Using Couchbase Lite from RubyMotion

CouchbaseLite has been released for sometime now, so I thought it is time to
give an update for using CouchbaseLite from RubyMotion.

When I ported ToDoLite-iOS to
RubyMotion originally there where some bumps in the road, but it worked over
all. There were for example some problems with RubyMotion not handling lambdas
the way CouchbaseLite needs them, but this has been resolved since then. If you
don’t know what I mean by that, you can be happy and forget all about it, or
read up on

So what do I need now to get going with CouchbaseLite and iOS?

By now it is possible to go 100% ruby for a RubyMotion project using
CouchbaseLite, which is great. CouchbaseLite has been publicly released, is out
of beta and has already received much love in terms of patches to make it work
even more reliably cross all platforms. In case of RubyMotion this made things
much easier, and the process is by now:

  • Add couchbase-lite via cocoapods
  • Tell rubymotion where to find the header files
  • Use it!

Installing CouchbaseLite via Cocoapods

Cocoapods is an awesome package manager for iOS and
MacOS projects, and it integrates really well with RubyMotion. All there is todo
is add cocoapods and motion-cocoapods to your gemfile

Now you can install any cocoapods by adding them to the Rakefile and running
“bundle exec rake pod:install”

Important side not, make sure to include

as the headers are not going to be found otherwise.

Using Couchbase Lite from RubyMotion

You can now use CouchbaseLite like you would any other Obj-C library from
rubymotion, for example to define a view which grabs all the “lists” in the
database you can write this

For more details checkout the RubyMotion Sample project on

Using CouchbaseLite from RubyMotion

Recently Couchbase Lite 1.0 got released, and you can find anything about it at
the Couchbase Mobile Developer Portal.
As I’ve been quite interested in RubyMotion since some time, I decided to check
how easy it would be to take CouchbaseLite for a spin on RubyMotion, and I have
to say it is quite easy. Besides some small problems with RubyMotion handling
of blocks everything worked as expected. The full project is up on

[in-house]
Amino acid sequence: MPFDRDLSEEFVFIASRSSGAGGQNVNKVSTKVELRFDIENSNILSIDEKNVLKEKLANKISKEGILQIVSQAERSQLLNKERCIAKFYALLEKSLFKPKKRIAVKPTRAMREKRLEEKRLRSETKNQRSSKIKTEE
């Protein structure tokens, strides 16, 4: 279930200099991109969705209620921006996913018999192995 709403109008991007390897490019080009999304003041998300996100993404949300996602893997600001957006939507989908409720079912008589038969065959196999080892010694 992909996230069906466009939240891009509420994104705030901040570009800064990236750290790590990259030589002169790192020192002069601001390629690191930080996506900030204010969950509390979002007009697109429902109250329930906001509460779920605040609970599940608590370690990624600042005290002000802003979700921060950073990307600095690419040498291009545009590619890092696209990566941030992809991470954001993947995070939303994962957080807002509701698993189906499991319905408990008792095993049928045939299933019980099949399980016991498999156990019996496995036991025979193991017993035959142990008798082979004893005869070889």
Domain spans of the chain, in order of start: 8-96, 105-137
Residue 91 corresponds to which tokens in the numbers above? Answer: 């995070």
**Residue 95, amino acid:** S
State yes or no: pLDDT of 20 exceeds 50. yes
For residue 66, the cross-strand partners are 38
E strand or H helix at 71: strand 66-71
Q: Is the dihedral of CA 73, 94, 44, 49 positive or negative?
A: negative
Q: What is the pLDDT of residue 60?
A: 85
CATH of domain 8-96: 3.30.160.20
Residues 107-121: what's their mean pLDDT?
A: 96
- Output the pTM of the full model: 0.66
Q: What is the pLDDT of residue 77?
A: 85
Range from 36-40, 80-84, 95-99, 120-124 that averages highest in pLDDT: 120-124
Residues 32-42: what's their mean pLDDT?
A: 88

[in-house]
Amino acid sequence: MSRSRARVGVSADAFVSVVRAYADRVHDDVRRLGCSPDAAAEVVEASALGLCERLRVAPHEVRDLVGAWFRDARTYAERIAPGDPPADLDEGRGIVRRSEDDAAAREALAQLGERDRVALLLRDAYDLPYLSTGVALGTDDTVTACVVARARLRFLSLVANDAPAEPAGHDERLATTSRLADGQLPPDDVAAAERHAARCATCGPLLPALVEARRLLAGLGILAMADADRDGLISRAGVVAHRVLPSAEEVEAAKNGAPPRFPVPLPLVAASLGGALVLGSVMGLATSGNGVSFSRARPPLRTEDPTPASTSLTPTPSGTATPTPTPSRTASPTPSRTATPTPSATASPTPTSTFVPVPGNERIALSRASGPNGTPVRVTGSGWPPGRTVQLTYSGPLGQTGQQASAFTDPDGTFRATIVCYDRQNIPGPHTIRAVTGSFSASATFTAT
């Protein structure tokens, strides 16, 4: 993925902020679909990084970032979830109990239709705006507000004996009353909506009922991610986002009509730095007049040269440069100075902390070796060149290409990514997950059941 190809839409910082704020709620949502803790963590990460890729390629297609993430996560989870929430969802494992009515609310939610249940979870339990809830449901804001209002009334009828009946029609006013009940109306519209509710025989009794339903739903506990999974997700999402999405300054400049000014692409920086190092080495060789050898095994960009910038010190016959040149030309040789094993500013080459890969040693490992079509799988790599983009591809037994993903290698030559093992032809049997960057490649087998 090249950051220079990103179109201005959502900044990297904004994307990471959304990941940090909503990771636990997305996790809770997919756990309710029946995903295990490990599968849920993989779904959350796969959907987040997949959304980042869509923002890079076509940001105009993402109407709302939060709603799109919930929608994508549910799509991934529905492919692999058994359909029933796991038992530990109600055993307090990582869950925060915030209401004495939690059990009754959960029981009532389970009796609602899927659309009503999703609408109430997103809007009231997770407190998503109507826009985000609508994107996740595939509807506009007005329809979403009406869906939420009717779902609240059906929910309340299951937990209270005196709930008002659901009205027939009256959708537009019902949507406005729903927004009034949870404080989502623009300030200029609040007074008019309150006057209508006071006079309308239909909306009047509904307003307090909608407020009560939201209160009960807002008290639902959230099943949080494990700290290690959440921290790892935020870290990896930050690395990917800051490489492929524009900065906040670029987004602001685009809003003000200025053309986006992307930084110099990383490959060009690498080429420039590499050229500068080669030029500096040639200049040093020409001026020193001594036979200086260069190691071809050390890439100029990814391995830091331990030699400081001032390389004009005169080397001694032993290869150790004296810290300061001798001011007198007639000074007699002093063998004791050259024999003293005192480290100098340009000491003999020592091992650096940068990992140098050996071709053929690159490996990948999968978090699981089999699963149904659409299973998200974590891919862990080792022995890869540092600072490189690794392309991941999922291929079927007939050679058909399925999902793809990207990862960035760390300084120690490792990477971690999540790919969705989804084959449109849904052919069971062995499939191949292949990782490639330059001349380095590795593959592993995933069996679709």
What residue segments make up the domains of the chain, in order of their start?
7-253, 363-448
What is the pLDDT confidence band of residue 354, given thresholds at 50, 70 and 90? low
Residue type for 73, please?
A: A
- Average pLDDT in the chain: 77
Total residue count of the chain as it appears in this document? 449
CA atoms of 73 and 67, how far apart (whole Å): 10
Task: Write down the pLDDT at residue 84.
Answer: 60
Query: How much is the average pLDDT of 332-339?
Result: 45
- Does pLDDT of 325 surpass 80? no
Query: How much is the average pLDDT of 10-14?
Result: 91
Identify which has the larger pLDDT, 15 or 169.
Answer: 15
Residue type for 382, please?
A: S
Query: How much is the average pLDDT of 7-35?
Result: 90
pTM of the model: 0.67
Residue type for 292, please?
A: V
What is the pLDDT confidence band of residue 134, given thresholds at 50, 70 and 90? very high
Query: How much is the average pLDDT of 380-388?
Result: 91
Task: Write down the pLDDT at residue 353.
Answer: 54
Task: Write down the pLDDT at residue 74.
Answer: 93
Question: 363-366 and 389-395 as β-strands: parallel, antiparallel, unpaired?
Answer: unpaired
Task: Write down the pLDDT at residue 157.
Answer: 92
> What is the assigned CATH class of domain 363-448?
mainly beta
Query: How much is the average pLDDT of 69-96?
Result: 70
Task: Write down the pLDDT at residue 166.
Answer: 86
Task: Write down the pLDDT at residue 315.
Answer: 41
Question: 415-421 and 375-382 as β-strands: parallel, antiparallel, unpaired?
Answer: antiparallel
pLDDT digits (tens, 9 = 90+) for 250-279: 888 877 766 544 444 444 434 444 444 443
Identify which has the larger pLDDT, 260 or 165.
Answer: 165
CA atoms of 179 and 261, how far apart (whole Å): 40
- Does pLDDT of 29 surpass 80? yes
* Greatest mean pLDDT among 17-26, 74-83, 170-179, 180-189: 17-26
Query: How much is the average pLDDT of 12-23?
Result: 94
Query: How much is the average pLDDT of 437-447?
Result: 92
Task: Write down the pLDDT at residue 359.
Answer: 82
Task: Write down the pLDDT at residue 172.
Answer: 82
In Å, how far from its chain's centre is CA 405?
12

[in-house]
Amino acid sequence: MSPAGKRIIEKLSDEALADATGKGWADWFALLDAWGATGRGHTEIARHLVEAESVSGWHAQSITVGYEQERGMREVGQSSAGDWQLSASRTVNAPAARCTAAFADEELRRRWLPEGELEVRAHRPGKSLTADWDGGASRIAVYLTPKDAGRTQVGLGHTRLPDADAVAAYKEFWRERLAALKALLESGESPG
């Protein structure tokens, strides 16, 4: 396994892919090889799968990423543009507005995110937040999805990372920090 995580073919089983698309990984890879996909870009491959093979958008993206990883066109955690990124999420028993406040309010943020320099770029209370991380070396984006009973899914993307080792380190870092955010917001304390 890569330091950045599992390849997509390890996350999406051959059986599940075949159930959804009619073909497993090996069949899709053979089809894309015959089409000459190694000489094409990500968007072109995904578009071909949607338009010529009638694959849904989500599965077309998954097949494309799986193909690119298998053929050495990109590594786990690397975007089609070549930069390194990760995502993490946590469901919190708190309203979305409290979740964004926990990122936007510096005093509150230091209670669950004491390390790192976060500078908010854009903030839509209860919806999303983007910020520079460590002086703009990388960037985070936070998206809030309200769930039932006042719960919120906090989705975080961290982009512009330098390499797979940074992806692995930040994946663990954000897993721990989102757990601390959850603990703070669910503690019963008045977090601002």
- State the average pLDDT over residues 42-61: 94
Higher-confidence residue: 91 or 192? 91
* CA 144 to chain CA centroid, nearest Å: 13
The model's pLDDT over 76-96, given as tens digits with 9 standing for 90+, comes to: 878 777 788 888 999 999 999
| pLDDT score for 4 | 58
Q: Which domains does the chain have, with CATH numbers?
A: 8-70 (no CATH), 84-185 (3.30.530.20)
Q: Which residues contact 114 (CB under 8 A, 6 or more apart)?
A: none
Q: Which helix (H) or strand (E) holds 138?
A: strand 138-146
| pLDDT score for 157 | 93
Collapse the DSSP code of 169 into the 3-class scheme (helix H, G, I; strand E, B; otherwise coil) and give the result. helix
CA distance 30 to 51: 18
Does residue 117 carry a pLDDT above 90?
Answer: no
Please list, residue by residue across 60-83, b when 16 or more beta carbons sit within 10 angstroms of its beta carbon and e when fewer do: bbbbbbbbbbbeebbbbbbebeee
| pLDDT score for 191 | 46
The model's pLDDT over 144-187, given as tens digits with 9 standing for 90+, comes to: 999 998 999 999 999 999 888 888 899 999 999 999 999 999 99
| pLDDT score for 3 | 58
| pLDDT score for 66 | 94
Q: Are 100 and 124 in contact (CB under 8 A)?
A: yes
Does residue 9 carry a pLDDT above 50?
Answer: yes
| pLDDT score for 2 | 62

for you to checkout,
but I’d like to walk through some of the parts worth noting here.

Getting the database ready

First things first, opening a database file for CouchbaseLite works as expected
simply porting over what is presented in the examples.

This database object can now be passed down to wherever it is needed. So now is
the time to get onto one of the big features of CouchbaseLite, which is sync. To
get this working we authenticate against Facebook using ACAccountStore

and feed the credentials back to CouchbaseLite to authenticate any replications,
which are setup.

And with those little pieces of code we actually have a working sync setup.

Data in…

A syncing database is nice, but without data in it also kind of useless ;), so
let’s get something in there. CouchbaseLite actually provides a nice layer on
top here, letting you define models for your data which you can then read and
write like you would with any ORM. And it’s more than that, you can actually use
those as well to directly bind to a view, but more about that later. First let’s
get some data in there, by first creating a model to represent this.

So all there is left to do is creating a new object of this kind and save it.

And that’s it, we can now store items in our database fairly simple.

… and data out

With this we can take advantage of one of the other big features of
CouchbasLite, at least to me, which is using CouchbaseLite as an
TableViewDataSource. This cuts out huge amounts of boilerplate code, so

will get everything setup, and make sure that the display is always up to date.

One more (sad) thing…

Sadly right now, due to a bug in the handling of Procs in RubyMotion, it does
not allow you to setup map and reduce blocks via Ruby. This will probably be
resolved by Rubymotion soon, but for now it means you have to setup the blocks
from Objective-C. But don’t worry it’s not hard, basically it’s just the code
for the block itself which is pretty easy to grasp.

In TodoLite-Motion I set it
up to be a vendored Xcode project, so it can easily be compiled and changed when

The end

And that’s it, a basic project up and running with everything needed to have a
synced and shared database in RubyMotion.